City Council Discusses Occupancy Law Enforcement
COLUMBIA - The City Council will hear a report on over-occupancy issues and discuss a potential occupancy disclosure plan during Tuesday's City Council meeting. Over-occupancy is particularly an issue in single family neighborhoods where rental properties house more than the allowed number of unrelated occupants. A disclosure plan would require landlords get all the names of the tenants, and the city would be able to have the names if there is a complaint. The city has collected public comments on an occupancy disclosure plan since last month.
Bonnie Bourne is a long-time resident of the East Campus Neighborhood, and said she is in favor of this plan. "Right now my concern is it is stressing the infrastructure," Bourne said. "More cars, more traffic. And also social issues that we have here are increased with more population. So that would mean late night parties that are noisy and trash on the streets."
Ward 6 Councilwoman Barbara Hoppe said she gets this complaint frequently. "We have 60% rental, and people are spreading out through neighborhood," Hoppe said "So the challenge is to have rental properties in neighborhood but make sure it blends well with residential in neighborhood atmosphere." Hoppe said a disclosure form would help the city enforce the occupancy law.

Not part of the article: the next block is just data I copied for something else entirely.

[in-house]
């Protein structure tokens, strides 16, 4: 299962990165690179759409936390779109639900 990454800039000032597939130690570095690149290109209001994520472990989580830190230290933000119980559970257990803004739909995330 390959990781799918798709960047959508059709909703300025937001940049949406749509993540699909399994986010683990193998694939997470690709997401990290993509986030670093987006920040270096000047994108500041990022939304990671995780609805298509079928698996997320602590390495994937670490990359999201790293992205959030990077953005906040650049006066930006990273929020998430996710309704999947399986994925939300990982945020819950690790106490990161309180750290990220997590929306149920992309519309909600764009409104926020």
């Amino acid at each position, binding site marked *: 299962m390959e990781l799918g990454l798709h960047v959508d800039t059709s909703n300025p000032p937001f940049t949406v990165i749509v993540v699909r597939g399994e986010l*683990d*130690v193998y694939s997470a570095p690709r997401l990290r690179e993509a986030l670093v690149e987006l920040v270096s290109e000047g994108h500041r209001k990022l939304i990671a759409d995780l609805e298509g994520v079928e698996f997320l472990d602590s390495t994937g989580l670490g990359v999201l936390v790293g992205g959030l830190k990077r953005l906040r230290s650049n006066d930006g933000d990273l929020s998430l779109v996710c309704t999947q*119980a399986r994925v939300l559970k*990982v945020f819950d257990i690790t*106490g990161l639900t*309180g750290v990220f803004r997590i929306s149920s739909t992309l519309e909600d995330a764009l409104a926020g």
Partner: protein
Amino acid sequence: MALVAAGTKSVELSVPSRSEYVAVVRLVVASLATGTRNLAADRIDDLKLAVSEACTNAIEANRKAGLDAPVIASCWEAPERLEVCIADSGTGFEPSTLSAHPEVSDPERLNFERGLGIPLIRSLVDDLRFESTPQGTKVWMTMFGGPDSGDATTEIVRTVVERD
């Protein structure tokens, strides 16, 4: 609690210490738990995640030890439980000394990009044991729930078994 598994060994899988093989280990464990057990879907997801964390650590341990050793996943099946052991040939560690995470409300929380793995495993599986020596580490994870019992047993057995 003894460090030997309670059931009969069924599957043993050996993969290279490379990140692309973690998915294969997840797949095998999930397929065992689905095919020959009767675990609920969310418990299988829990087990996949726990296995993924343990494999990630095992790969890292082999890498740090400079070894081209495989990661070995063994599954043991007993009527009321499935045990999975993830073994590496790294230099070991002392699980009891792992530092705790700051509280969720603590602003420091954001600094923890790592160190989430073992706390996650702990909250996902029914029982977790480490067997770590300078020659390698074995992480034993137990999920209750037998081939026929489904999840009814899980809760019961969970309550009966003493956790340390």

However, opponents said they are concerned that landlords might be overly penalized. Lee Terry Russell, the CEO of Columbia Board of REALTORS, wrote in her email, "We firmly believe that this proposal will end up penalizing property owners when tenants fail to follow rules and guidelines. Not to mention the administrative nightmare these property owners will face."
If the Council supports the occupancy disclosure plan, staff will work on a proposed amendment to add the item to the Rental Conservation Law.
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